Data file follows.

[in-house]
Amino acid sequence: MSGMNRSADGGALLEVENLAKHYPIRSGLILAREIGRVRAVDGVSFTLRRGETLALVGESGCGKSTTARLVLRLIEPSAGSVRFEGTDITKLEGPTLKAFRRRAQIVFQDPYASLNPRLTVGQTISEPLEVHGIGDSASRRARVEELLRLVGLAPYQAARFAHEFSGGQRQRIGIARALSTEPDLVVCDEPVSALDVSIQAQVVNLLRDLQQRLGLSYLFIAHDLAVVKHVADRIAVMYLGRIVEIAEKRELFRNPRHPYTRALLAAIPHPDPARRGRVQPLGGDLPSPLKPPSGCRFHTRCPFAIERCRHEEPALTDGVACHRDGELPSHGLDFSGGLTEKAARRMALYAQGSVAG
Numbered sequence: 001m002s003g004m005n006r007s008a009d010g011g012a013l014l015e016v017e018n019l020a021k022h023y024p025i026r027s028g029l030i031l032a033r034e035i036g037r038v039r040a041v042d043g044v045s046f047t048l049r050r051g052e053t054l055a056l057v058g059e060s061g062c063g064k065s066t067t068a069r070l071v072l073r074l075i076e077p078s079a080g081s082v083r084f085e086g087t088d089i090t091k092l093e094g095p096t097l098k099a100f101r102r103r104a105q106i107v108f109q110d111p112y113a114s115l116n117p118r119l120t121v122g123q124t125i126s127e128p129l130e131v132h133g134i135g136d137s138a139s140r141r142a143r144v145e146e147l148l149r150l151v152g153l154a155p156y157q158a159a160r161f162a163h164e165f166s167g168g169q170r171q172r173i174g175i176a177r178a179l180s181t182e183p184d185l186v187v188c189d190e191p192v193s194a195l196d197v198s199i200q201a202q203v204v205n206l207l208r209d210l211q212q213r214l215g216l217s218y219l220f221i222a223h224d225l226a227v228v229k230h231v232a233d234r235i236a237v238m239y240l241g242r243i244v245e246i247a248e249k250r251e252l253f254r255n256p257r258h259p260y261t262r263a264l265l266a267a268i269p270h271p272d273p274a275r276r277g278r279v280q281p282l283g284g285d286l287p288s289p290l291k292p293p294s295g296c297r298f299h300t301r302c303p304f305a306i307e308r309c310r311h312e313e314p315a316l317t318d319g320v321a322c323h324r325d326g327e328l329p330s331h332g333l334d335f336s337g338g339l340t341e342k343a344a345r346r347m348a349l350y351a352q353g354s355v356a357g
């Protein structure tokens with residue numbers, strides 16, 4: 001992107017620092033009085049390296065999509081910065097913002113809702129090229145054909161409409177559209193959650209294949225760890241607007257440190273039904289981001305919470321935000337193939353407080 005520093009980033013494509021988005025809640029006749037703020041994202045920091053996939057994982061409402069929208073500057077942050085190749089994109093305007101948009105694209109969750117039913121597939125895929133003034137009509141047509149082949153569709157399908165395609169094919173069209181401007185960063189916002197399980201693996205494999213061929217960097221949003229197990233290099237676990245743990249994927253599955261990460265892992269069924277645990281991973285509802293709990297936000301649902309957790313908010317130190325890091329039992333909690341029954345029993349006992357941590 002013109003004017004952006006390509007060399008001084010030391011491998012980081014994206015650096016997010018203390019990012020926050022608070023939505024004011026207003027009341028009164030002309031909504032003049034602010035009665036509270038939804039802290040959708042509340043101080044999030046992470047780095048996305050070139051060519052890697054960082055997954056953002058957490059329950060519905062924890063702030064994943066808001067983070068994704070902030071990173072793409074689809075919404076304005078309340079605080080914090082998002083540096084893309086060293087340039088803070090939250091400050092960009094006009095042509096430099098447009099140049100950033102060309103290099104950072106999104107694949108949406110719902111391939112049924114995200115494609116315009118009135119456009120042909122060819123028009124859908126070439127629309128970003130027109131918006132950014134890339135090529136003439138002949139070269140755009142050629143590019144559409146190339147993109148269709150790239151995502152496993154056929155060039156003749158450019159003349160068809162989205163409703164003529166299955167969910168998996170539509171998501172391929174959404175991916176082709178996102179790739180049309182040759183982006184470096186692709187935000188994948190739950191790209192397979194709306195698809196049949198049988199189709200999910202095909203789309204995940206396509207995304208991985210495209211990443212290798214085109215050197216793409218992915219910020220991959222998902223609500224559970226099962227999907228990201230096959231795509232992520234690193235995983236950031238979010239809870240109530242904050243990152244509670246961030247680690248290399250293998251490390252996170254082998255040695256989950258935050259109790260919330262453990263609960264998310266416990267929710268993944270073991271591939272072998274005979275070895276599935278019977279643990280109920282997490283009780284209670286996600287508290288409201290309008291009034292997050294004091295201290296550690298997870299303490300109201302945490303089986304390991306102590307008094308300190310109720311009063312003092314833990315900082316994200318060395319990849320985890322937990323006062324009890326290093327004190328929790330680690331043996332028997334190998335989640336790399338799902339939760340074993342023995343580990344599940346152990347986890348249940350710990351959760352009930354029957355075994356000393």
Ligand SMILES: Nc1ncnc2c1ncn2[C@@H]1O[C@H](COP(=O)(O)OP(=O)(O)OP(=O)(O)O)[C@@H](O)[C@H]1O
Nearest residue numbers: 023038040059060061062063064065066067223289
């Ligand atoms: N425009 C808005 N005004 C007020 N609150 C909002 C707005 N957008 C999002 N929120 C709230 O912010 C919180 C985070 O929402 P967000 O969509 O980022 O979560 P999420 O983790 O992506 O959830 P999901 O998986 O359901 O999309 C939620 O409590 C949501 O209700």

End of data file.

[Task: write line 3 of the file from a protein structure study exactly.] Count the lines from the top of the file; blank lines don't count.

Numbered sequence: 001m002s003g004m005n006r007s008a009d010g011g012a013l014l015e016v017e018n019l020a021k022h023y024p025i026r027s028g029l030i031l032a033r034e035i036g037r038v039r040a041v042d043g044v045s046f047t048l049r050r051g052e053t054l055a056l057v058g059e060s061g062c063g064k065s066t067t068a069r070l071v072l073r074l075i076e077p078s079a080g081s082v083r084f085e086g087t088d089i090t091k092l093e094g095p096t097l098k099a100f101r102r103r104a105q106i107v108f109q110d111p112y113a114s115l116n117p118r119l120t121v122g123q124t125i126s127e128p129l130e131v132h133g134i135g136d137s138a139s140r141r142a143r144v145e146e147l148l149r150l151v152g153l154a155p156y157q158a159a160r161f162a163h164e165f166s167g168g169q170r171q172r173i174g175i176a177r178a179l180s181t182e183p184d185l186v187v188c189d190e191p192v193s194a195l196d197v198s199i200q201a202q203v204v205n206l207l208r209d210l211q212q213r214l215g216l217s218y219l220f221i222a223h224d225l226a227v228v229k230h231v232a233d234r235i236a237v238m239y240l241g242r243i244v245e246i247a248e249k250r251e252l253f254r255n256p257r258h259p260y261t262r263a264l265l266a267a268i269p270h271p272d273p274a275r276r277g278r279v280q281p282l283g284g285d286l287p288s289p290l291k292p293p294s295g296c297r298f299h300t301r302c303p304f305a306i307e308r309c310r311h312e313e314p315a316l317t318d319g320v321a322c323h324r325d326g327e328l329p330s331h332g333l334d335f336s337g338g339l340t341e342k343a344a345r346r347m348a349l350y351a352q353g354s355v356a357g